4. 4. The Great Lisbon Tsunami on the 1 st of November, in 1755 <ul><li>Shortly after the quake a series of tsunami wave crashed on the harbor of the city </li></ul><ul><li>It engulfed the lower part of Lisbon on the shore of the Tagus, and submerged much of the lower part of the city </li></ul><ul><li>The marble quay of Cais De Pedra, was disappeared in the water (newly built) </li></ul><ul><li>The first three of these tsunami waves were the largest and completed the destruction brought about by the two earlier strong quake shocks. 20,000 more of the terrified survivors who had rushed to the open space of the docks and the waterfront quay for safety, lost their lives to these tsunami waves </li></ul><ul><li>All boats on the city’s harbor were completely destroyed </li></ul>
  5. 5. Tsunami Effects in the Tagus River Estuary in Lisbon and along the west and south coasts of Portugal <ul><li>The tsunami destruction was particularly severe in the province of Algarve, in southern Portugal, where almost all the coastal towns and villages were severly damaged, except Faro, which was protected by sandy banks </li></ul><ul><li>In some coastal regions of Algarve, the maximum tsunami wave run-up was 30 meters </li></ul><ul><li>According to reports, the waves demolished coastal fortresses and razed houses to the ground </li></ul><ul><li>In Lagos, the waves reached the top of the city walls </li></ul>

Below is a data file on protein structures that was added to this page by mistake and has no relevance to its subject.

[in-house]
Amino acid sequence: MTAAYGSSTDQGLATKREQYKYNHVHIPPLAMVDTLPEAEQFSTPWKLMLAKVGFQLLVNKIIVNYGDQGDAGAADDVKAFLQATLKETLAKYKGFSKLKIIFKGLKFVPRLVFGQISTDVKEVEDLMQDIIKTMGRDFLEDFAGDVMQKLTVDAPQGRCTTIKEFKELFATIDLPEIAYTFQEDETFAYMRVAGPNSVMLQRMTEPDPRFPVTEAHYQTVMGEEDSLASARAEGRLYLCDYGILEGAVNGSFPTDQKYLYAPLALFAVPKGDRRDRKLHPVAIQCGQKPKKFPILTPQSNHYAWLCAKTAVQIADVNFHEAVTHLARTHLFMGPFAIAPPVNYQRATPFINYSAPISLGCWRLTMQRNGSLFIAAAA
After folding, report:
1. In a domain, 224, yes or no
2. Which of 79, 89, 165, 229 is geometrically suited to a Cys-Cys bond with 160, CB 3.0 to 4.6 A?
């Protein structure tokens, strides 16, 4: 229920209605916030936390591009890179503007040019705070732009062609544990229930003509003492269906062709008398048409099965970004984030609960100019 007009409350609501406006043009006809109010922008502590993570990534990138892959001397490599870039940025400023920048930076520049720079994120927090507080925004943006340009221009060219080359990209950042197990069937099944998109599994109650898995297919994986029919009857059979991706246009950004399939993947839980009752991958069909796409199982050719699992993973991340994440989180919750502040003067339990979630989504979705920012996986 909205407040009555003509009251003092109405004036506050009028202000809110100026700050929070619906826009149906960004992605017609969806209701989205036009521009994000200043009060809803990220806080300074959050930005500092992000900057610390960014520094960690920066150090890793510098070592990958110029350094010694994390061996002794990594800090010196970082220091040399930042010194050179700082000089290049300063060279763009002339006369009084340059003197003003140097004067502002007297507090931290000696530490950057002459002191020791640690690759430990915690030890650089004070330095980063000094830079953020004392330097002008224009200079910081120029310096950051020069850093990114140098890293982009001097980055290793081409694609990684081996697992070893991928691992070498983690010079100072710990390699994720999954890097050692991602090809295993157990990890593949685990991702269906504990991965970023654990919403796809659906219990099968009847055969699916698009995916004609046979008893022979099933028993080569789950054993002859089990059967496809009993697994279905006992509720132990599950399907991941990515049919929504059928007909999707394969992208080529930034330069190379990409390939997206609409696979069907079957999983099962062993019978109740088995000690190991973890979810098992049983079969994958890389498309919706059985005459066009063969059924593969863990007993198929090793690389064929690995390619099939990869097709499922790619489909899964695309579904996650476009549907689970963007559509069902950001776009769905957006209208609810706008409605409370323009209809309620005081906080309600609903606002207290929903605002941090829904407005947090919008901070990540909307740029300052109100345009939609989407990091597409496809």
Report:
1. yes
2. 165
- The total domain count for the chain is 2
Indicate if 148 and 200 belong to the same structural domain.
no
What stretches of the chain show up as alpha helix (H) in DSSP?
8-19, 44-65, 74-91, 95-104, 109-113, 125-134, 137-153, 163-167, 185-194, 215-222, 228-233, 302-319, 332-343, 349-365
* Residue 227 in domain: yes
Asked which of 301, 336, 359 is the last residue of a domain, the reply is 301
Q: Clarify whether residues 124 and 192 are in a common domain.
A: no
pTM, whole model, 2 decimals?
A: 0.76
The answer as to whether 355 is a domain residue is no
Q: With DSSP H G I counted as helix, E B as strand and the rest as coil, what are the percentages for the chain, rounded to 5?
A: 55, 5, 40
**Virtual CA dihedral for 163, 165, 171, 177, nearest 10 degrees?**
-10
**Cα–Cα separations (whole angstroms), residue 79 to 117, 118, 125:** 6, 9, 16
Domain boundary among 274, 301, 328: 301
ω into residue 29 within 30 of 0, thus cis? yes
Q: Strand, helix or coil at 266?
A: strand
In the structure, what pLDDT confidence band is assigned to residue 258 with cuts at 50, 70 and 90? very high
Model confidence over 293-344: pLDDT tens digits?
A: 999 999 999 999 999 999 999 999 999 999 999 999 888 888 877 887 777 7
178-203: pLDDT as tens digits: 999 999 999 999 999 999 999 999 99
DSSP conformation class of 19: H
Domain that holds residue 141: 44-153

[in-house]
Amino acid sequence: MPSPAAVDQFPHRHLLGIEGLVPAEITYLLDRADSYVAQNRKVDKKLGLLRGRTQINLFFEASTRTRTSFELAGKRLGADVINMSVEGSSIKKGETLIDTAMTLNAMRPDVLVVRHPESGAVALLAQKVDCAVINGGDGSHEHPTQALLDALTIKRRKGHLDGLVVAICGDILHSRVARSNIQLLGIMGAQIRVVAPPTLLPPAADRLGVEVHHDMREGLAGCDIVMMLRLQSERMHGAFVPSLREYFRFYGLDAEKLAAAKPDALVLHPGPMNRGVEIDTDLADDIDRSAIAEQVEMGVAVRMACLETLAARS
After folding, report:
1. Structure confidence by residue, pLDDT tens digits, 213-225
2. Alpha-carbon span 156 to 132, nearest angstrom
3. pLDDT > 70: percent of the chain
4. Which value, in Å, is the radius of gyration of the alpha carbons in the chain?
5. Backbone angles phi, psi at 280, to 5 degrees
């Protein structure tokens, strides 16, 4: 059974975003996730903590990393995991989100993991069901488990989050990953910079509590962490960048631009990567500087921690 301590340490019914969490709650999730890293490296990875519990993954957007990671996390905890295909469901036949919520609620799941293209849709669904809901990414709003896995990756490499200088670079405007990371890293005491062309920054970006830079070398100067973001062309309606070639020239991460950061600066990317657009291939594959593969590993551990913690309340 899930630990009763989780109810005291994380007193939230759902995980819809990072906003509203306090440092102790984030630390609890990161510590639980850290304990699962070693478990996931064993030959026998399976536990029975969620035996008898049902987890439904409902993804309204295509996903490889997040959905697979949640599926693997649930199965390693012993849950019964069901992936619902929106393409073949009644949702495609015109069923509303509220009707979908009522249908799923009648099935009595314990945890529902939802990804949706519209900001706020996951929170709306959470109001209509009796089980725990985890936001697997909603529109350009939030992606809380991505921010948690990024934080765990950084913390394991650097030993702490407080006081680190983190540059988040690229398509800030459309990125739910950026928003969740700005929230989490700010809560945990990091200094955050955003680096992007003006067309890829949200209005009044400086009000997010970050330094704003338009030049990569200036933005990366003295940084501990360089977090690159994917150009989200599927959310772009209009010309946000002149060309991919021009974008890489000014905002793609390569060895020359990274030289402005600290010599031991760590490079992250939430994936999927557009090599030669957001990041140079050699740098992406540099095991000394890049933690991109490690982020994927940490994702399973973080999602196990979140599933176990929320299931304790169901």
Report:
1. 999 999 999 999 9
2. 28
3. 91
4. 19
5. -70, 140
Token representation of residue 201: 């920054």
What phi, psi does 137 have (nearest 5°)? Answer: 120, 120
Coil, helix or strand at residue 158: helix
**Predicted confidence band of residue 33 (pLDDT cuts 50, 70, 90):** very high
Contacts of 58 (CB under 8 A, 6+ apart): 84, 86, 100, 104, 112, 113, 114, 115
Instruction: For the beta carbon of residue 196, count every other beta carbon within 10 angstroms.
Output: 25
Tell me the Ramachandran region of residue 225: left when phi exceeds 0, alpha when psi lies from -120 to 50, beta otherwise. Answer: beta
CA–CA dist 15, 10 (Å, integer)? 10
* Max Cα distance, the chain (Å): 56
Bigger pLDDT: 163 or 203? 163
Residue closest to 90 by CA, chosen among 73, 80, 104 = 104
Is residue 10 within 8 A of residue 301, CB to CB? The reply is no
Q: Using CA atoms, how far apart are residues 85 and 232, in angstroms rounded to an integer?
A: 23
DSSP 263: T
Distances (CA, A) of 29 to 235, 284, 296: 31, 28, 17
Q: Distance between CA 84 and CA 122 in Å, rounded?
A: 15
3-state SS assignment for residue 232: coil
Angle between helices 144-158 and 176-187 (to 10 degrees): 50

6. 6. Numerical Modeling Studies of Tsunami Travel Times and Heights <ul><li>Using the postulated tsunami source parameters {300 kilometers radius (282,000 square kilometers), and about 30 meters of subsidence} Dr. Mader' numerical modeling study provided estimates of the tsunami travel time and the deep water tsunami wave amplitudes along the east coast of USA, in the Caribbean and the Gulf of Mexico </li></ul>
  7. 7. Death Toll and Destruction from Earthquake, Tsunami and Fire <ul><li>The earthquake destroyed Lisbon and other major cities in Portugal. More than 18,000 buildings, representing about 85% of the total were completely demolished. In the first two minutes of the earthquake, about 30,000 people lost their lives. The total death toll in Lisbon, a city of 230,000, was estimated to be about 90,000. Another 10,000 people were killed in Morocco…! </li></ul>
  8. 8. Significance of the Great Lisbon Earthquake <ul><li>The great Lisbon earthquake of 1755, marked the beginning of the modern era of seismology. Following this earthquake there were systematic efforts to catalog the times and locations of earthquakes and to study their physical effects…! </li></ul><ul><li>Done by: Artemis Artemi 5D </li></ul>